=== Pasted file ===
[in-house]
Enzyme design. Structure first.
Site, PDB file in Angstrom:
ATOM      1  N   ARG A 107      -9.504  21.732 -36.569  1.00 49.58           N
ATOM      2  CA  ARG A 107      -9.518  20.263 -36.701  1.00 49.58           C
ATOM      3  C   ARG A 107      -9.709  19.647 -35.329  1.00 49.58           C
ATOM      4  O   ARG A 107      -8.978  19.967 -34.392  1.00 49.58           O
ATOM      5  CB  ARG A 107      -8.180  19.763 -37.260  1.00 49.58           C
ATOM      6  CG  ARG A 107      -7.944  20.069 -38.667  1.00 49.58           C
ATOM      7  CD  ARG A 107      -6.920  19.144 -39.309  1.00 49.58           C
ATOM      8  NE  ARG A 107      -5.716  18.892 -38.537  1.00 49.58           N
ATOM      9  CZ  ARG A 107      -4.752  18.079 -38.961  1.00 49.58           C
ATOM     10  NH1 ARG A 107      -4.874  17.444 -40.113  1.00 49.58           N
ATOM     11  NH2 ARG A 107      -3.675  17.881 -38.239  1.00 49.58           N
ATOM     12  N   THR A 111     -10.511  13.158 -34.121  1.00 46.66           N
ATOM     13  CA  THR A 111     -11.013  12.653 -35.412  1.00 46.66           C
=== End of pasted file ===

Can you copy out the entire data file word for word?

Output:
[in-house]
Enzyme design. Structure first.
Site, PDB file in Angstrom:
ATOM      1  N   ARG A 107      -9.504  21.732 -36.569  1.00 49.58           N
ATOM      2  CA  ARG A 107      -9.518  20.263 -36.701  1.00 49.58           C
ATOM      3  C   ARG A 107      -9.709  19.647 -35.329  1.00 49.58           C
ATOM      4  O   ARG A 107      -8.978  19.967 -34.392  1.00 49.58           O
ATOM      5  CB  ARG A 107      -8.180  19.763 -37.260  1.00 49.58           C
ATOM      6  CG  ARG A 107      -7.944  20.069 -38.667  1.00 49.58           C
ATOM      7  CD  ARG A 107      -6.920  19.144 -39.309  1.00 49.58           C
ATOM      8  NE  ARG A 107      -5.716  18.892 -38.537  1.00 49.58           N
ATOM      9  CZ  ARG A 107      -4.752  18.079 -38.961  1.00 49.58           C
ATOM     10  NH1 ARG A 107      -4.874  17.444 -40.113  1.00 49.58           N
ATOM     11  NH2 ARG A 107      -3.675  17.881 -38.239  1.00 49.58           N
ATOM     12  N   THR A 111     -10.511  13.158 -34.121  1.00 46.66           N
ATOM     13  CA  THR A 111     -11.013  12.653 -35.412  1.00 46.66           C